I have since learned that studio executives know Hollywood, and how a career functions, too well to worry about such things. They just sit back and let nature take its course. Which it did — on Anne.
During the first three months of stardom, Anne was in a state of perpetual exhaustion, except when under pressure from the studio. On those occasions she rallied, somehow, and carried on. But her work sapped every ounce of her strength, leaving her neither the energy nor the inclination to devote any time to her home or husband.
Her hours at home, when not devoted to voice culture, reading script, posing for pictures, studying lines, giving interviews or doing the physical exercises prescribed for her, were spent in sun baths. And sun baths never were vitamins for romance. Stretched full-length on a mattress beside the pool, her hair piled high on top of her head, her skin covered with oil and her eyes hidden behind dark glasses, she generally fell asleep in the sun. Which was no picture to inspire a husband.
With each succeeding picture, Anne gained confidence, until she was ready to enter the inevitable battle between star and the various departments that exact toll from her: i.e., publicity, hairdressing, wardrobe, exploitation and production.
One by one she cut down the extra duties they had imposed upon her, and day by day she became a little more sure of herself, a little more determined and a little more irritable.
I couldn’t fail to notice the steady change in her. A narrowing of her eyes drove from them their look of wonderment, a tightening of her lips wiped away their charming quiver, a squaring of her jaw erased its soft line, and a growing aggressiveness crowded the hesitancy from her manner.
All the while I knew I was helpless to prevent this calculating stranger from moving in on me, and trampling underfoot every silly, sentimental thought Anne and I had ever cherished.
The price of fame
It made me sick at heart — but I couldn’t blame Anne. It was just the price of fame, the thing that a career does to a woman. She was in Hollywood’s wringer of success, and it was squeezing the heart and soul out of her.
I knew exactly what to expect, but I didn’t know how to prevent it. I recognized every symptom of her disease, as I had seen it gnawing on the bonds of other couples. I could almost chart its progress.
At first, Anne had been too exhausted to indulge in the bits of romance that keep the bloom on a marriage. Then, she became too irritable. Finally, she grew too busy. She simply had too many important things to do to play Juliet to my Romeo. Once she told me so, by suggesting that since I was supposed to be in business, I might use up some of my surplus energy at that, and give her a chance to get her work done.
Anne never could understand that, while other interests and activities can supplant all desire for romance in a woman, they cannot in a man. His work, no matter how hard or exacting it may be, cannot kill his normal instincts. But, concentration on work that uses up her energy can anesthetize a woman’s natural feminine reactions. Any man married to a motion-picture star, or famous career-woman will swear to that.
Give a woman a career and a chance to spread her feathers, and a man is an ingredient not necessary to her cake of happiness — though she likes to use him as a sort of extra flavor or trimming. Tasty, but superfluous.
That’s why the chances are better than ten to one that a woman movie star can’t stay married. Naturally, there are contributing factors, such as exaggerated ambition, intolerance, vanity, impatience and good old “temperament,” or a plain mixture of selfishness and contrariness. But, usually a husband can take these in his stride. The thing that curdles him is coldness. That’s a slap in the face to any man.
By this time, Anne had become a hound for efficiency. She felt she had the whole world to conquer, and would like to do it during the next three years. So, when one of our recent importations from England gave her a chance to kill three birds with one stone — a certain misinformed Hollywood columnist said four birds — she really embraced the idea in a big way.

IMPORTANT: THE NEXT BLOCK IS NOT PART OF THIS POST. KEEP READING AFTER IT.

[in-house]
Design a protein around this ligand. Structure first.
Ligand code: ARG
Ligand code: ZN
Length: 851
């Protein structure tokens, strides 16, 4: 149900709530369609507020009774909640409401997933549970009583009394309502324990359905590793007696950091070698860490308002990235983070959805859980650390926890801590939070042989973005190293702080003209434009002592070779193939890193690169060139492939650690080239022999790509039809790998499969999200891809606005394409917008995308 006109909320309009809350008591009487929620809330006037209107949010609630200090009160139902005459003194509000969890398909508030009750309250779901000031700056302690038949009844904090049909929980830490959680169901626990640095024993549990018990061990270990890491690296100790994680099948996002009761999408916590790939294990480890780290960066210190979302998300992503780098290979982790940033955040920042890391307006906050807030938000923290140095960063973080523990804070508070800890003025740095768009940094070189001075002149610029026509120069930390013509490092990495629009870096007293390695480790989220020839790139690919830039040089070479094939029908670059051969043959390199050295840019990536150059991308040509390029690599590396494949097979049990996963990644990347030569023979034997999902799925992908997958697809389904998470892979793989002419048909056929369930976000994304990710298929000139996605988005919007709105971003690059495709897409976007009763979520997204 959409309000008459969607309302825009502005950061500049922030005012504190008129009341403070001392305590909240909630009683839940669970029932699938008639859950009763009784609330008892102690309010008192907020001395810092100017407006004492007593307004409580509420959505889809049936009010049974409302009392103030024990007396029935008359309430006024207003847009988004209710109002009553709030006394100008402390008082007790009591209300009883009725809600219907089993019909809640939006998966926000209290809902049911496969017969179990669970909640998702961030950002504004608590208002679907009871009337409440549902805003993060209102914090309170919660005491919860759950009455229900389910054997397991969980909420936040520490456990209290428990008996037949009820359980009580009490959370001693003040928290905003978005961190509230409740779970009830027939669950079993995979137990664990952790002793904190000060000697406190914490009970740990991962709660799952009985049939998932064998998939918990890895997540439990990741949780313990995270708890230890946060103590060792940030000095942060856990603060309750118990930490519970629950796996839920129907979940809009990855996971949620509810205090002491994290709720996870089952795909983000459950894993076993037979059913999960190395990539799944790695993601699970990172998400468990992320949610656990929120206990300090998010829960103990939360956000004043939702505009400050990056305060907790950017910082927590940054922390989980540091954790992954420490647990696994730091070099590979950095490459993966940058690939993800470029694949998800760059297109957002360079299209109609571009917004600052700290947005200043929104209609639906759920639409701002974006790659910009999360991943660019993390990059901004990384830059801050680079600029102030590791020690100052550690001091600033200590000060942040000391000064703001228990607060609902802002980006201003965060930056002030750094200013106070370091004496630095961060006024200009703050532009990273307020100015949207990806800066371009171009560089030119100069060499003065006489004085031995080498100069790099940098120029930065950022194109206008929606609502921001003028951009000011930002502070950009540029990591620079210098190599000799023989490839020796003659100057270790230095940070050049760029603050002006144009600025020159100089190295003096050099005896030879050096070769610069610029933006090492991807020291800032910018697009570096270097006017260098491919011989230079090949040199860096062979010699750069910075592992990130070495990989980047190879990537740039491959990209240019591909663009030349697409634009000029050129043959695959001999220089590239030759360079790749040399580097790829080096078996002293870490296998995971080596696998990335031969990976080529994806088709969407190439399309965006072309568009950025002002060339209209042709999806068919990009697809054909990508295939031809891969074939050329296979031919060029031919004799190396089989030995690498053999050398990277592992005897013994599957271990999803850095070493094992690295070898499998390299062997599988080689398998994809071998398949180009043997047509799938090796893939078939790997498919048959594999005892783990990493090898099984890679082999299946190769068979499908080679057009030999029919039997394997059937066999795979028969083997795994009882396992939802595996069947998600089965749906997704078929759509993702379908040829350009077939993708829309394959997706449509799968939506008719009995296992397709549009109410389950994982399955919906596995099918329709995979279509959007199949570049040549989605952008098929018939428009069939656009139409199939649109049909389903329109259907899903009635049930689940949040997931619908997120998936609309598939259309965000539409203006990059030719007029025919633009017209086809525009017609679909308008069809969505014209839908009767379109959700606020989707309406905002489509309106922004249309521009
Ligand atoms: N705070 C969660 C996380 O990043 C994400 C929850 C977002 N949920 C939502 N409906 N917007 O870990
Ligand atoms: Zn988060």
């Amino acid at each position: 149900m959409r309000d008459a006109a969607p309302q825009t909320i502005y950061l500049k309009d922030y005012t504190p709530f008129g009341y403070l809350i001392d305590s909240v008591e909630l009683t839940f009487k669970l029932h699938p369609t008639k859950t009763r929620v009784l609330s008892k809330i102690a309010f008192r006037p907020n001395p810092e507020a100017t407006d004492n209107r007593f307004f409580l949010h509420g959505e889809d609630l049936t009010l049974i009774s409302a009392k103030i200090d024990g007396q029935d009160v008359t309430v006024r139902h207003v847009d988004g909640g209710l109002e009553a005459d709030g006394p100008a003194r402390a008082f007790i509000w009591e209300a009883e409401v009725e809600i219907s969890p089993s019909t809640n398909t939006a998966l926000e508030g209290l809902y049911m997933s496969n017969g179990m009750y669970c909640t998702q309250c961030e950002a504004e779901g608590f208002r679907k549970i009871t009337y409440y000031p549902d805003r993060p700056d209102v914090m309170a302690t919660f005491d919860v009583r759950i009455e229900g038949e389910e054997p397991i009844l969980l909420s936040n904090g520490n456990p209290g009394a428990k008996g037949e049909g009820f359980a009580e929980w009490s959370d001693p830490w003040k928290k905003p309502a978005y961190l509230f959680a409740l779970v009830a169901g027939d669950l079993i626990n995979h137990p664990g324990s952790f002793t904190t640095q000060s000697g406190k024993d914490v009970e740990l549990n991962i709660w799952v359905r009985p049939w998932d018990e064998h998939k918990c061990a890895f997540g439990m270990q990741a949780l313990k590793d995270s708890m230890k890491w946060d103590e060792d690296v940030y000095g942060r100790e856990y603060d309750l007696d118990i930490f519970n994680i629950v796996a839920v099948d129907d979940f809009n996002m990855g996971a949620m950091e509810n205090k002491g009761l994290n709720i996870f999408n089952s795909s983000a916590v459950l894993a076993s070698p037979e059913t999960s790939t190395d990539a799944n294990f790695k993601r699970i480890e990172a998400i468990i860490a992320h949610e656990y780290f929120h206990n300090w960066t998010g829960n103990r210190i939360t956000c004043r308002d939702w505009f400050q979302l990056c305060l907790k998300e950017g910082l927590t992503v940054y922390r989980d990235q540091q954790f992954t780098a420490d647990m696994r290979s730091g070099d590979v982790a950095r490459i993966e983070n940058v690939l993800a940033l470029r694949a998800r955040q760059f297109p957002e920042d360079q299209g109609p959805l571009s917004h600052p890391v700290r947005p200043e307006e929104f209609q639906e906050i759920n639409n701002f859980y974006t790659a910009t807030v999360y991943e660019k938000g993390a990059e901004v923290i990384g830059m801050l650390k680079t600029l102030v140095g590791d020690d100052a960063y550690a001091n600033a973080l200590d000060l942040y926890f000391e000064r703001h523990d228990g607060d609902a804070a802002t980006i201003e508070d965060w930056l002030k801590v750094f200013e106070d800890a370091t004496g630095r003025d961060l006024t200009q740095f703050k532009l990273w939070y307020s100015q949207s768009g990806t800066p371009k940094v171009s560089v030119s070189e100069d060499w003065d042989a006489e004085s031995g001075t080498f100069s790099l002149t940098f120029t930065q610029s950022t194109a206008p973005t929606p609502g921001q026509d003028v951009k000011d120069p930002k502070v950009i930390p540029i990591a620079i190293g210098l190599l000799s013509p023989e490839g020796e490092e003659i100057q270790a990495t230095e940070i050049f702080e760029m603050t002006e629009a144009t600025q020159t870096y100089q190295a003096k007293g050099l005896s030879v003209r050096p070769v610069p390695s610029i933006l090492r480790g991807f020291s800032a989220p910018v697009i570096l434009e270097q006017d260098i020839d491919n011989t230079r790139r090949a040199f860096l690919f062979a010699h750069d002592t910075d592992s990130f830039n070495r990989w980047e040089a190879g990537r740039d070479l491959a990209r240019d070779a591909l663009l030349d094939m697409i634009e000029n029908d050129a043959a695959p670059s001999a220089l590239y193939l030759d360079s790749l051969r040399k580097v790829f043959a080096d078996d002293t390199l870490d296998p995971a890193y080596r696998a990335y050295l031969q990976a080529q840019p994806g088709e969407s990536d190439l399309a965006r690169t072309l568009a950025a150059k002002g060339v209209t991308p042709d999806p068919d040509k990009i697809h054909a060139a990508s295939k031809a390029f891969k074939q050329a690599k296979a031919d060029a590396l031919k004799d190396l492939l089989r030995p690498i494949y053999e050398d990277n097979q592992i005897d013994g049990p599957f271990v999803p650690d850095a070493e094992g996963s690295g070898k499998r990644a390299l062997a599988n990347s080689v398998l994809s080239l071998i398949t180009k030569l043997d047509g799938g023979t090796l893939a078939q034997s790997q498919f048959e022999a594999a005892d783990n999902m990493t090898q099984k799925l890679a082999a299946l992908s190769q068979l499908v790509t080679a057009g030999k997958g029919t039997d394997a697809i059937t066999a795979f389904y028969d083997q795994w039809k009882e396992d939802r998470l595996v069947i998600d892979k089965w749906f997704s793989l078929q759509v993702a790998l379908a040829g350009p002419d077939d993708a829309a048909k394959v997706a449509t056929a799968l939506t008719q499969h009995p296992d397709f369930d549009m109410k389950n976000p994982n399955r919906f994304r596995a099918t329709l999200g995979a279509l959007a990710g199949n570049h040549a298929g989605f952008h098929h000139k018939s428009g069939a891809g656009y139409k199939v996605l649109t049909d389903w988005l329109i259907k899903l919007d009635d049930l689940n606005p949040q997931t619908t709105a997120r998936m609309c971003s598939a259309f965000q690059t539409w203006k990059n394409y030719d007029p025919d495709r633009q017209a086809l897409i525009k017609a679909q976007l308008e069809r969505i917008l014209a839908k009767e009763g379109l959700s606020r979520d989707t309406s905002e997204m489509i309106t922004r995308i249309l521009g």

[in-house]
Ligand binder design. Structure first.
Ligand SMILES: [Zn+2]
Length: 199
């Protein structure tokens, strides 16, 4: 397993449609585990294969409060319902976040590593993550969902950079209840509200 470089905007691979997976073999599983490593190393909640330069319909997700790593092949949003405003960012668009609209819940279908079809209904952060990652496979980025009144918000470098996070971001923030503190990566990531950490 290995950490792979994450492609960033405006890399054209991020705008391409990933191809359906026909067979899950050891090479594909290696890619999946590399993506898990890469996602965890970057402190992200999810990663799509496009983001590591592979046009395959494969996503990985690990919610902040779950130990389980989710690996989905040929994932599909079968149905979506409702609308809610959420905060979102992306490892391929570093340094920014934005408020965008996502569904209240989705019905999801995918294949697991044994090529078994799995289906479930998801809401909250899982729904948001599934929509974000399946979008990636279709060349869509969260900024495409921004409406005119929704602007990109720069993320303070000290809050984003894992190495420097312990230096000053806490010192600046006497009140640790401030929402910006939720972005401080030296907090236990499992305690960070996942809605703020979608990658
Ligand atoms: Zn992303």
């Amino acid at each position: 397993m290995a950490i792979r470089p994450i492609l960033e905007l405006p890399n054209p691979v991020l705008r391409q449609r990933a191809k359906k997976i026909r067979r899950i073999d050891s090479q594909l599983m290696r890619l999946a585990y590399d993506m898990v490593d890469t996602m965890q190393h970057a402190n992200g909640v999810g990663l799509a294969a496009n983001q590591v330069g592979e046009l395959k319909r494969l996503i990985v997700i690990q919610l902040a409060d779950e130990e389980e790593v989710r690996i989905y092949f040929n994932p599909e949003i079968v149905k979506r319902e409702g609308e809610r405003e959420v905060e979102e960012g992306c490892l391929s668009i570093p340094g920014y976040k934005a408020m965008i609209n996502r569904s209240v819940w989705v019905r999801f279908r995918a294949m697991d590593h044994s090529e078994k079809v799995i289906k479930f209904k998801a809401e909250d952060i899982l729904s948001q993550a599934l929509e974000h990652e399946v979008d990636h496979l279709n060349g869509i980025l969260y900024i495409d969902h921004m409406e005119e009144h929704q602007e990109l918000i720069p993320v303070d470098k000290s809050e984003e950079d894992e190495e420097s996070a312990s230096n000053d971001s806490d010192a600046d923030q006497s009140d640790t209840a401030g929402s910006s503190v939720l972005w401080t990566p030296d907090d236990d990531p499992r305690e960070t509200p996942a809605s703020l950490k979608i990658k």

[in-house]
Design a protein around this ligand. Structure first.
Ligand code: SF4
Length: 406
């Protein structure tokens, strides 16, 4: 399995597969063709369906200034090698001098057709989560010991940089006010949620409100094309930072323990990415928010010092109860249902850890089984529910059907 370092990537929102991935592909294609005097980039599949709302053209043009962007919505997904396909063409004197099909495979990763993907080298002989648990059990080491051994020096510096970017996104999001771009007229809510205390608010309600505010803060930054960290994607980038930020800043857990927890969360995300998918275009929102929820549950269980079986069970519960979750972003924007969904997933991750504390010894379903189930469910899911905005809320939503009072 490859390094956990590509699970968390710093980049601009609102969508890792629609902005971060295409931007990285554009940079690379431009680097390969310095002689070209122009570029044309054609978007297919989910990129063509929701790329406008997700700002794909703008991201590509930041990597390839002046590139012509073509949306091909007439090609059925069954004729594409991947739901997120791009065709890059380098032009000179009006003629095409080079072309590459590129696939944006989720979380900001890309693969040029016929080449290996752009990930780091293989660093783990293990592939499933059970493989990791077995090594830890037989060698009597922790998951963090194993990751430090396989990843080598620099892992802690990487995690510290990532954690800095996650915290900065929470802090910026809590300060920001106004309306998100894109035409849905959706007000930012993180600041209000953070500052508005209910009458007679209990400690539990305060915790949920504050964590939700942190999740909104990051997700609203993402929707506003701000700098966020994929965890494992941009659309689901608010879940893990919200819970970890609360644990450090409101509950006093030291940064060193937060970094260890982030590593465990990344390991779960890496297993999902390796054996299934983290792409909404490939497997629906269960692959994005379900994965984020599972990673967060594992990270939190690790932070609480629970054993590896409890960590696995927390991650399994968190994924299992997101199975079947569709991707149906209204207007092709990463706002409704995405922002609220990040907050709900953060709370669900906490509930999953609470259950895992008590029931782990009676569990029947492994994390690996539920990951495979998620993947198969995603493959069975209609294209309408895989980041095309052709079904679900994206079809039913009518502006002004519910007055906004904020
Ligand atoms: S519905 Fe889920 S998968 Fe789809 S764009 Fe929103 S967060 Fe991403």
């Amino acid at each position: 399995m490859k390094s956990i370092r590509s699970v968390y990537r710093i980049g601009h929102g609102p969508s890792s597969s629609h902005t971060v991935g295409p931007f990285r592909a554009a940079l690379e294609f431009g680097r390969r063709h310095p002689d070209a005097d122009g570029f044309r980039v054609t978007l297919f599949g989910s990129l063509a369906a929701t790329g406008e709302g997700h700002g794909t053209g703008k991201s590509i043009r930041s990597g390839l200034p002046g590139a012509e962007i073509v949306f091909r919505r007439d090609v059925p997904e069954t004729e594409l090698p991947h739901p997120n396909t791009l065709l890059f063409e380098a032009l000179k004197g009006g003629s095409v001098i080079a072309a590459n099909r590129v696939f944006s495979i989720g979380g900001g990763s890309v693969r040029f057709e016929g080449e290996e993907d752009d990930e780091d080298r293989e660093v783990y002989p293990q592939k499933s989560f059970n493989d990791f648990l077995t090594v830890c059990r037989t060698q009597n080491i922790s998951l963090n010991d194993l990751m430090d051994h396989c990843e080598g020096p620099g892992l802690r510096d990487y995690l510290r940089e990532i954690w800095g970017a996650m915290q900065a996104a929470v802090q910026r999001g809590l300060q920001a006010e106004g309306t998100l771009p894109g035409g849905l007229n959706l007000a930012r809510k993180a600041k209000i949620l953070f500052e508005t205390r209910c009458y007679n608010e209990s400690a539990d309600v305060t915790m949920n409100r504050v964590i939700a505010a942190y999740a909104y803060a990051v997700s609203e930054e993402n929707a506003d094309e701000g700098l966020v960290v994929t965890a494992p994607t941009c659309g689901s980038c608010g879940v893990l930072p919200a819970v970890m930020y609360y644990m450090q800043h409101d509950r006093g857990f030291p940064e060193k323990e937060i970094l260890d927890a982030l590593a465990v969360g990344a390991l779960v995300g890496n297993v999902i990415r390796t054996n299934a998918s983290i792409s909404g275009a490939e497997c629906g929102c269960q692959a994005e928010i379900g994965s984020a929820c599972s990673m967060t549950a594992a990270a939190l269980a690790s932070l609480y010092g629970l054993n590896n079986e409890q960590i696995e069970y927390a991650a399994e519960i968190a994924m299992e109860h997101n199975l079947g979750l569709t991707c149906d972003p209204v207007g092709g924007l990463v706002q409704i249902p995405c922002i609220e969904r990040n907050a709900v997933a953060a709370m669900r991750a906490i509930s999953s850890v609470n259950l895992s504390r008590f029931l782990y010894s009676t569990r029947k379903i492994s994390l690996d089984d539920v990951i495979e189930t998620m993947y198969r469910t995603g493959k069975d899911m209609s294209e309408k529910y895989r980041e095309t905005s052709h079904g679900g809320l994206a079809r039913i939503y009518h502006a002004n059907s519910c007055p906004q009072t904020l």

Gerald Brookes (that name will do for our purpose) was playing an important part in Anne’s picture, and his very excellent English accent fascinated her. Wouldn’t he, she asked, help her attain a trace of it?
Being a perfectly charming fellow, he would. In fact they could rehearse together, and kill two birds with one stone. Then he discovered that Anne was taking riding lessons.
A friend of his had offered him the use of his stable. It was a bit silly riding alone, but if Anne would let him offer his services she could rehearse her lines, add a bit of England to her charming accent, and brush up on her riding, all in one jolly swoop.
Of course, the gossip rags soon were smacking their lips over it. But I knew Anne too well to give any credence to their nasty hints. In fact, I still don’t, and never will.
Anne had the bit of ambition in her teeth, and no time for romance. The only thing in the world that interested her was her career. She has proved that since our divorce. But I was getting fed up on the eternal question of her young life.
I had thought it all out. My own Anne was lost to me forever. She had been cultured and calculated right out of existence, and I was beginning to harbor a yen to crack the shellac on the glittering lady she had become.
Frankly, I didn’t like the new Anne. So it wasn’t jealousy that made me ask her one morning, as she swept the breath of the stable in from her car:
“Been riding with Gerald again this morning?”
In that one flat syllable she managed to express all the feminine indifference of a thousand satisfied women.
“The scandal sheets and those lousy columnists are beginning to lick their chops over it.”
“That means nothing to me.”
“It does to me.”
The contempt and challenge in that tone was right out of a picture she had just finished. I objected to having rehearsed lines read at me. It burned me up.
“So it would be a good idea for you to put Gerald back with the other props, and do your riding with me. After all, I’m your husband.”
“You sound like an assistant director. Now run away and don’t bother me.”
“That’s a hell of a way –”
“Listen, Romeo –” Anne continued in a low, flat voice, her eyes cold as slate, “don’t get messy. If you want to impress somebody, try it on some of those dumb cuties you’re peddling. They think you’re a big agent. Maybe they’ll fall for your Casanova line.”
One did. And that’s the story behind the sufferings of a poor little star, and why she had to get a nasty old divorce.
Of course, Anne and I are old pals now. Divorced couples always are in Hollywood.